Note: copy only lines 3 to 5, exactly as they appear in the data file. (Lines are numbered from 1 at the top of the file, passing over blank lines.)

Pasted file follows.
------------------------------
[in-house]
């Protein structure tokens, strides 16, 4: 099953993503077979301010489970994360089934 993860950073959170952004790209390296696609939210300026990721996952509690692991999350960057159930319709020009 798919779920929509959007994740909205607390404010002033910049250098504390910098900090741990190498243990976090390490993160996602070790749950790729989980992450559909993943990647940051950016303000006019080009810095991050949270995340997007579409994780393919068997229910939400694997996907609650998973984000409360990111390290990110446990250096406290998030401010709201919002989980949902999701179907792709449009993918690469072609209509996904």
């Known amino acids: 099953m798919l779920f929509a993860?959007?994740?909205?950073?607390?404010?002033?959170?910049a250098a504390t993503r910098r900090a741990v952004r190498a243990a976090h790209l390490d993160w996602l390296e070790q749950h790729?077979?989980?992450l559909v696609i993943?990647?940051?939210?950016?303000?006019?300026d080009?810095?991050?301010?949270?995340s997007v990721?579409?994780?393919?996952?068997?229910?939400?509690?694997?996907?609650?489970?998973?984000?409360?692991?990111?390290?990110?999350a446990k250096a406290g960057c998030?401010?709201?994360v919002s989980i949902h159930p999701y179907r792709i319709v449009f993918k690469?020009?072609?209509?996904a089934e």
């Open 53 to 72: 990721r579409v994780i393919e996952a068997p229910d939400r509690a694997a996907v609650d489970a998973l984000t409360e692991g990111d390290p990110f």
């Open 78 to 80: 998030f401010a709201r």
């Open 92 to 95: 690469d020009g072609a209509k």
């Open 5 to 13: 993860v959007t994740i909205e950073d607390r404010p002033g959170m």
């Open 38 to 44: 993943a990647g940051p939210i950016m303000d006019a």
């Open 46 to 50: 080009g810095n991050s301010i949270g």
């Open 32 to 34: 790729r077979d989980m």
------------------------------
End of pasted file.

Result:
């Known amino acids: 099953m798919l779920f929509a993860?959007?994740?909205?950073?607390?404010?002033?959170?910049a250098a504390t993503r910098r900090a741990v952004r190498a243990a976090h790209l390490d993160w996602l390296e070790q749950h790729?077979?989980?992450l559909v696609i993943?990647?940051?939210?950016?303000?006019?300026d080009?810095?991050?301010?949270?995340s997007v990721?579409?994780?393919?996952?068997?229910?939400?509690?694997?996907?609650?489970?998973?984000?409360?692991?990111?390290?990110?999350a446990k250096a406290g960057c998030?401010?709201?994360v919002s989980i949902h159930p999701y179907r792709i319709v449009f993918k690469?020009?072609?209509?996904a089934e």
């Open 53 to 72: 990721r579409v994780i393919e996952a068997p229910d939400r509690a694997a996907v609650d489970a998973l984000t409360e692991g990111d390290p990110f």
């Open 78 to 80: 998030f401010a709201r």